Journey through India – Day 25 Ranakpur – Jain Temple
The Jain Temple at Ranakpur in India is one of the largest and most important temples of Jain culture. Known for their sculptural work, this temple is famous for its intricate marble carvings and unique architecture.
The complex is situated in a pleasant bushland setting looking towards the mountains and other smaller temples.
The main temple in the complex, known as the Chaumukha Temple, is a grand white marble structure that is spread over 48,000 square feet. It has 1,444 marble pillars, twenty-nine halls and eighty domes. Built in the 15th Century, it took over 50 years to complete.
The temple also has 84 underground chambers which were built to protect the Jains from the Mughals.
There are four different doorways to get into the halls.
One must step up and over the intricately carved doorstep to enter.
The main sanctuary and has four six-foot white marble statues of Adinath. Many Jain people were congregated around this, so we chose not to go too close for a photograph.
Looking up above this altar were some incredible carved arches.
There is also a beautiful shrine. It was simply massive.
There were several small tokens of Jainism throughout the complex.
As mentioned before there are over a thousand individually carved pillars. No two are the same. This photo seems to give the best indication of how high they were.
Zoom in close for many, many different and exquisite patterns and carvings of deities.
Then of course, there are the ceilings. They are decorated with foliate scrollwork and geometric patterns with each ceiling having its own unique pattern. Some almost emulated fine lacework.
On one of the ceilings is a depiction of akichaka, a bearded man with five bodies representing the five elements.
Another ceiling shows a depiction of Kalpavriksha which is a wish-fulfilling divine tree. Yes, I could see elements of a tree here.
Of course, I just had to take lots of photographs of these ceilings. Zoom in close for more detail. It’s a wonder I didn’t run into those columns walking around with my eyes constantly looking up.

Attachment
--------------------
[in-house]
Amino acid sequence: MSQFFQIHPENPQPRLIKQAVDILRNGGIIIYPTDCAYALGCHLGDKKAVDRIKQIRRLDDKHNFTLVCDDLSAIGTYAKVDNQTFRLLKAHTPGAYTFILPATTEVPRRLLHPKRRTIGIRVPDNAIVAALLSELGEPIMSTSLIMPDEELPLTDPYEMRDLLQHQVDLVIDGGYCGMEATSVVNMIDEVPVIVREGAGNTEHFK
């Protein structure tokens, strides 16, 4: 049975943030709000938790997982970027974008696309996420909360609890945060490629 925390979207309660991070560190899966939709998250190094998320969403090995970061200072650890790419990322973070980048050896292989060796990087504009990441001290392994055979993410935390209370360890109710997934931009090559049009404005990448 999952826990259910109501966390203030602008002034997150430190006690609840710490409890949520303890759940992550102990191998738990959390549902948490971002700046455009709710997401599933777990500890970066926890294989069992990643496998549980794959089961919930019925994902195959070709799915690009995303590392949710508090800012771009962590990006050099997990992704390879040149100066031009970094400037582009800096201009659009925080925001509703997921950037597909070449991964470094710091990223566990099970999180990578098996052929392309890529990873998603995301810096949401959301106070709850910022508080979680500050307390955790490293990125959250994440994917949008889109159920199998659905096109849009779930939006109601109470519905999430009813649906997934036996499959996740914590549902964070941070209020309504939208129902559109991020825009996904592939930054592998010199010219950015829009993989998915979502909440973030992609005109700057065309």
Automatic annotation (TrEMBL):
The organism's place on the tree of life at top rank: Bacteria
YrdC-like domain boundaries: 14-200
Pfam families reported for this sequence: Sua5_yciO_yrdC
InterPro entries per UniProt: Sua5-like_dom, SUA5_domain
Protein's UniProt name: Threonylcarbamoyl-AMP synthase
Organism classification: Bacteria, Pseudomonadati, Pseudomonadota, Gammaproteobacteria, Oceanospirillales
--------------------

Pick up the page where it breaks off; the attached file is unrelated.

The temple is famous for its beautiful carved idols, some being made from a single slab of marble.
Elephants play a big part in the architecture of Jain temples. Several elephants can be seen both as statues inside the temple as well as engravings on the exterior temple walls.
The atmosphere here is very calm and peaceful. Even though photography is allowed (you actually pay per camera used), people are respectful of anyone praying.
Much can be read about the Jain culture on the internet, so I have left that for your own perusal.
There are other temples within the complex. We paid a quick visit to a couple but time was against us by then as we had to get to Udaipur.
This building was reflecting different light and was so elaborately carved.
Whatever your religious beliefs, this place will leave you awestruck at its immense beauty and leave you wondering how something so detailed could be built almost 600 years ago and still be in such marvellous condition today.
There was just so much to photograph (mostly white) but if you can, get a few of the local people in the photos to add colour and dimension to the scene. So if you are planning a trip to Rajasthan in India, please add this to your travel itinerary.
Obviously there is still a lot of marble in this area as we passed many trucks on the highway.